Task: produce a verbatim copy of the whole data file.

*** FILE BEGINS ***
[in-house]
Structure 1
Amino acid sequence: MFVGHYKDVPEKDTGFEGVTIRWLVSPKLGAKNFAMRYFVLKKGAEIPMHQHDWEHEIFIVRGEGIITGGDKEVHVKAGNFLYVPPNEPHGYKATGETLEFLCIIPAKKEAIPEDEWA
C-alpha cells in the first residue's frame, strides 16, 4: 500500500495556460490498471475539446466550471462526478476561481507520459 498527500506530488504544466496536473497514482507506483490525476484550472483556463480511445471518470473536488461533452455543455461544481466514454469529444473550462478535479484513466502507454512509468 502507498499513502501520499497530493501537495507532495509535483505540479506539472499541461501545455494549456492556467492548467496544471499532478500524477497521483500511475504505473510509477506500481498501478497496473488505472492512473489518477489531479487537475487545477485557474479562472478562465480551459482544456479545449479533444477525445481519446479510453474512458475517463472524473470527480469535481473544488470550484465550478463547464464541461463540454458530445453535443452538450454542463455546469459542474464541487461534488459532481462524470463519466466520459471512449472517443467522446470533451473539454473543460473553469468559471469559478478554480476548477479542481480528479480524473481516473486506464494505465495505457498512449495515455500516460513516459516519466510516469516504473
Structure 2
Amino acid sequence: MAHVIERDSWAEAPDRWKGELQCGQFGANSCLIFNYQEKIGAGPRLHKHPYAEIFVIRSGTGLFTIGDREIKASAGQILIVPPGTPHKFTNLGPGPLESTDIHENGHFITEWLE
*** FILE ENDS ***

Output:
[in-house]
Structure 1
Amino acid sequence: MFVGHYKDVPEKDTGFEGVTIRWLVSPKLGAKNFAMRYFVLKKGAEIPMHQHDWEHEIFIVRGEGIITGGDKEVHVKAGNFLYVPPNEPHGYKATGETLEFLCIIPAKKEAIPEDEWA
C-alpha cells in the first residue's frame, strides 16, 4: 500500500495556460490498471475539446466550471462526478476561481507520459 498527500506530488504544466496536473497514482507506483490525476484550472483556463480511445471518470473536488461533452455543455461544481466514454469529444473550462478535479484513466502507454512509468 502507498499513502501520499497530493501537495507532495509535483505540479506539472499541461501545455494549456492556467492548467496544471499532478500524477497521483500511475504505473510509477506500481498501478497496473488505472492512473489518477489531479487537475487545477485557474479562472478562465480551459482544456479545449479533444477525445481519446479510453474512458475517463472524473470527480469535481473544488470550484465550478463547464464541461463540454458530445453535443452538450454542463455546469459542474464541487461534488459532481462524470463519466466520459471512449472517443467522446470533451473539454473543460473553469468559471469559478478554480476548477479542481480528479480524473481516473486506464494505465495505457498512449495515455500516460513516459516519466510516469516504473
Structure 2
Amino acid sequence: MAHVIERDSWAEAPDRWKGELQCGQFGANSCLIFNYQEKIGAGPRLHKHPYAEIFVIRSGTGLFTIGDREIKASAGQILIVPPGTPHKFTNLGPGPLESTDIHENGHFITEWLE